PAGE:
There currently are three editors (all professional journalists) that constantly update content and write new texts to cover more in depth topics. Furthermore there are plenty of features that are planned to be released in the next years so the portal as a whole will continue growing and keep getting more usefull and hopefully get the #1 source of information for "Beihilfe" and "Restkostenversicherung" in Germany.
       

      <3 Processwire
      From a technical point of view there were many custom tailored things we've implemented in processwire. The Search uses a modified Version of Jonathan Darts excellent Elasticsearch Module (with a fallback to a basic text search in pw). We've created a lot of services and Tools to import Excel lists of experts and their coverage areas, complex rulesets for the costs calculation, a frontend calculation tool (built on top of Knockout.js), several HannaCodes to insert Download-Buttons and information within the content and last but not least a custom pdf-guide which is completely based on the users input and generated on the fly from the "Beihilfe-Rechner" (calculation tool). There also are mechanisms to inform experts when someone wishes to contact them, a newsletter service and many, many other things.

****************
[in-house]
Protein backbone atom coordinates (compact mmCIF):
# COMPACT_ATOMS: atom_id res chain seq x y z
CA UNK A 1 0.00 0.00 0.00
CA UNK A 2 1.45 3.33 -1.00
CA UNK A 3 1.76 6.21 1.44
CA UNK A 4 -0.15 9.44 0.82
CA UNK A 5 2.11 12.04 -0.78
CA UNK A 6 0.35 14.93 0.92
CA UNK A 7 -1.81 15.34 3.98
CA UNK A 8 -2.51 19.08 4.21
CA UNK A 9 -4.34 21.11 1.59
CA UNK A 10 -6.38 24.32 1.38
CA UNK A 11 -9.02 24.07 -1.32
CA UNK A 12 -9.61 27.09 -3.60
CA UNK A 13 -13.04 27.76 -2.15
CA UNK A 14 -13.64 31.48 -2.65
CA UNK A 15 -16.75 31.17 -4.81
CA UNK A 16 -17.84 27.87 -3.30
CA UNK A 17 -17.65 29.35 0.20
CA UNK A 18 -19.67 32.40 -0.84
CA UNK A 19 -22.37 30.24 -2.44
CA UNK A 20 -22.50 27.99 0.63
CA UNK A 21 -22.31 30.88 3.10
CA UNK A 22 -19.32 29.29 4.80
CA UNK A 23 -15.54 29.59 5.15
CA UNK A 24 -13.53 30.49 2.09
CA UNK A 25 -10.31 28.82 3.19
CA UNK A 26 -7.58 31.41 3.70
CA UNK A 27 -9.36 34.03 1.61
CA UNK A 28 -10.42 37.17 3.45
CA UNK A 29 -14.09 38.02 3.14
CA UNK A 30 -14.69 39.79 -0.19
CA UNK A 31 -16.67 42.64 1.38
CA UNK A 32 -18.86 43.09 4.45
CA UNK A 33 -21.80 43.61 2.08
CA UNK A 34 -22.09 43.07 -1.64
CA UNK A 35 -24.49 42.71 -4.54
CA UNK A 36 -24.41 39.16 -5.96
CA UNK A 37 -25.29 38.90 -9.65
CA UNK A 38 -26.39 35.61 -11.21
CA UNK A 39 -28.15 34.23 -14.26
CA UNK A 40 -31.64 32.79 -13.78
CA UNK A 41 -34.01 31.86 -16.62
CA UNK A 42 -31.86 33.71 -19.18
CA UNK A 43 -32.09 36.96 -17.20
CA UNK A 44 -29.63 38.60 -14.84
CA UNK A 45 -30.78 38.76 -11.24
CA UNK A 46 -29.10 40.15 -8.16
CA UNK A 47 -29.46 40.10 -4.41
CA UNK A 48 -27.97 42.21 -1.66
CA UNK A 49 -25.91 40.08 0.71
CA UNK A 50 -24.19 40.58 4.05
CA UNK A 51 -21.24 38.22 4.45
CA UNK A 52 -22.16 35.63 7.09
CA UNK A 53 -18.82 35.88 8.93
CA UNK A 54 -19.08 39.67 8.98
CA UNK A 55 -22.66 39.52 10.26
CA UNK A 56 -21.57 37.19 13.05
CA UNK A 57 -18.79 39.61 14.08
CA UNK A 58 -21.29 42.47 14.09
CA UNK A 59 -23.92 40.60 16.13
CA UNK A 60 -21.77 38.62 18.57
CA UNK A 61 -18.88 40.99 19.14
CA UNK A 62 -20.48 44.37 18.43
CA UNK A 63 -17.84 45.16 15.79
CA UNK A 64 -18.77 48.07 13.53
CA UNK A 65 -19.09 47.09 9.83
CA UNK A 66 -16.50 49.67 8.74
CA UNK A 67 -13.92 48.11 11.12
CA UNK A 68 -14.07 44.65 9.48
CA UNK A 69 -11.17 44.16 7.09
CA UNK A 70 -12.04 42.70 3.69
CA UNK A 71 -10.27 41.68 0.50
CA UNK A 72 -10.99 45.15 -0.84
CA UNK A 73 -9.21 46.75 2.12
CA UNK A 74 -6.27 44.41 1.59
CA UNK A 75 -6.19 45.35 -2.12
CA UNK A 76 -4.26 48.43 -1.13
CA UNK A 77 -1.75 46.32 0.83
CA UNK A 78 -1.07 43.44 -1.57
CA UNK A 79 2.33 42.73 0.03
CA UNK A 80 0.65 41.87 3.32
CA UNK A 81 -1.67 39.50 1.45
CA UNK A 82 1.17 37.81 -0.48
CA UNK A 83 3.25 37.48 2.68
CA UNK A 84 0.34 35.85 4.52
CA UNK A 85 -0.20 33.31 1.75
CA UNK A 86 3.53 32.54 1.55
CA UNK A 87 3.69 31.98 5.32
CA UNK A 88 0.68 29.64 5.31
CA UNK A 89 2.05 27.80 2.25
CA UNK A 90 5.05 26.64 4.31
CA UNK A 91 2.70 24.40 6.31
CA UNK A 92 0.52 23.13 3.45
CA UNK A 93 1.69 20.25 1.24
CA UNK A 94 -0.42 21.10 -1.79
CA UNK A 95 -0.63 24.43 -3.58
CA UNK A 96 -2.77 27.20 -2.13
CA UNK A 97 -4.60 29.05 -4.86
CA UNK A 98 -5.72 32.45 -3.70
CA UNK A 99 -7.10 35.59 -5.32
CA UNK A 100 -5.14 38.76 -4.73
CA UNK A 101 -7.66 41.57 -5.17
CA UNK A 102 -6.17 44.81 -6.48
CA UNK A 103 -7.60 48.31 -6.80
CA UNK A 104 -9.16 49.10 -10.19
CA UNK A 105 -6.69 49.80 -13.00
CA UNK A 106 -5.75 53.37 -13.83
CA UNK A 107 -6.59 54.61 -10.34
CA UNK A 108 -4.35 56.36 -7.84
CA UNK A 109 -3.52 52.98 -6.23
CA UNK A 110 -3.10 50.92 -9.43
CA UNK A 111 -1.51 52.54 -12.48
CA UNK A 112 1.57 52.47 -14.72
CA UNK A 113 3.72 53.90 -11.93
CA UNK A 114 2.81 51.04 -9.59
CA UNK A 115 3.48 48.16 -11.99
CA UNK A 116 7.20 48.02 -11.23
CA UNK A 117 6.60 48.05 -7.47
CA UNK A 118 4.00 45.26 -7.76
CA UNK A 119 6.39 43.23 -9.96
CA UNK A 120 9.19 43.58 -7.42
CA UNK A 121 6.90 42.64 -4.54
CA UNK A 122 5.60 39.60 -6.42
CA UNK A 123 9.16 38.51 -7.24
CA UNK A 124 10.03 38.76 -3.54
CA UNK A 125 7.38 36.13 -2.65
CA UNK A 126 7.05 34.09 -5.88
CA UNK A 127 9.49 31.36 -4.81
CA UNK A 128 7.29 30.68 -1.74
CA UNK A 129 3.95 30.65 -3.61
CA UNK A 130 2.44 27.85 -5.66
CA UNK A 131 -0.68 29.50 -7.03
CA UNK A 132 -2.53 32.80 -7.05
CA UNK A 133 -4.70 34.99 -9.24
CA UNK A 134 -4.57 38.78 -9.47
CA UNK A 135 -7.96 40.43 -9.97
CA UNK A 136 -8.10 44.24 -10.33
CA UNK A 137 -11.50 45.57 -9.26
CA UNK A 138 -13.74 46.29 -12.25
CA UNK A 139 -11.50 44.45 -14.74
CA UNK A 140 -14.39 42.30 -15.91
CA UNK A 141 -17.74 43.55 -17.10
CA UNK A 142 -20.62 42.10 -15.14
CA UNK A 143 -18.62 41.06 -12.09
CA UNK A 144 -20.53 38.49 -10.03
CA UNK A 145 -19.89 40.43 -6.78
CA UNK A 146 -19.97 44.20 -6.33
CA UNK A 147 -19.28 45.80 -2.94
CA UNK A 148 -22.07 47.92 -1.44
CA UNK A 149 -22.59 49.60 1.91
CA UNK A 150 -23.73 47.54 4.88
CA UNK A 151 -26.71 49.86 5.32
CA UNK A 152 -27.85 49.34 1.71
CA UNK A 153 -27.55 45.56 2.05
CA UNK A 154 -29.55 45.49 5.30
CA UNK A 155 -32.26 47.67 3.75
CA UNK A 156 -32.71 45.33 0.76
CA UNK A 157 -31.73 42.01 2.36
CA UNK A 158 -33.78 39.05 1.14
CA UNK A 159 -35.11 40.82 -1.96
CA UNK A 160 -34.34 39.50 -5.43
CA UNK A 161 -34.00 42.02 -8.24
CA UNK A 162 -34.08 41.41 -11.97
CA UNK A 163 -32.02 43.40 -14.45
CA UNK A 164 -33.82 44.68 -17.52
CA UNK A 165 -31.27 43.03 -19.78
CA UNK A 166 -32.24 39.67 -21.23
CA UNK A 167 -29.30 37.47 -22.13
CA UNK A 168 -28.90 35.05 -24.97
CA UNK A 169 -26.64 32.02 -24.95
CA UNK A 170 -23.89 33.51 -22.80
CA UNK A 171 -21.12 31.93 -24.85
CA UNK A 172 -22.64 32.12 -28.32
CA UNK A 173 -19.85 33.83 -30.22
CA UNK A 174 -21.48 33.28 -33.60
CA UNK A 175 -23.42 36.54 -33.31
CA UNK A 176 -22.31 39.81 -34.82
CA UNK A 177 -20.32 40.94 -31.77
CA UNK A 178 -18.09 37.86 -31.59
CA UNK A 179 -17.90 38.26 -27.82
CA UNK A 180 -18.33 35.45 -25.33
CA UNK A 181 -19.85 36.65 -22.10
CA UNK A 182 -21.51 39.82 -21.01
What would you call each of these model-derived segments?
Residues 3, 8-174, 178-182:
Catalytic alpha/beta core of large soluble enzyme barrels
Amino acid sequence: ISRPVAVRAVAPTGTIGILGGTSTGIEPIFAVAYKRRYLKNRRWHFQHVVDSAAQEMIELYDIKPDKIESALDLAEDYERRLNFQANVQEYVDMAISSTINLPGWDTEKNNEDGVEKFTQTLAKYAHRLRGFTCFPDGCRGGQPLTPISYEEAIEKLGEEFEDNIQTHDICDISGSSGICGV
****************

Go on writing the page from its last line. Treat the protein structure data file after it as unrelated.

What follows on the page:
Currently there are about 30 installed modules, 42 "Physical" template files (53 Templates all in all) ... and growing.
      I'm (still) really happy we were allowed to choose processwire for this project as we NEVER had any task we couldn't manage within the blink of an eye. If I think about having to build all those import tools in (i.e.) Typo3 I'm pretty sure we would have needed double the time. So once again: Thanks ryan and all contributors for building such an awesome piece of software.
      P.S.: We're currently searching for senior php developers to continue developing this and more portals and websites. If you're interested: Feel free to contact me!
      P.P.S: There are three more sites to come in the next weeks. I'll present them here as always
×
×
  • Create New...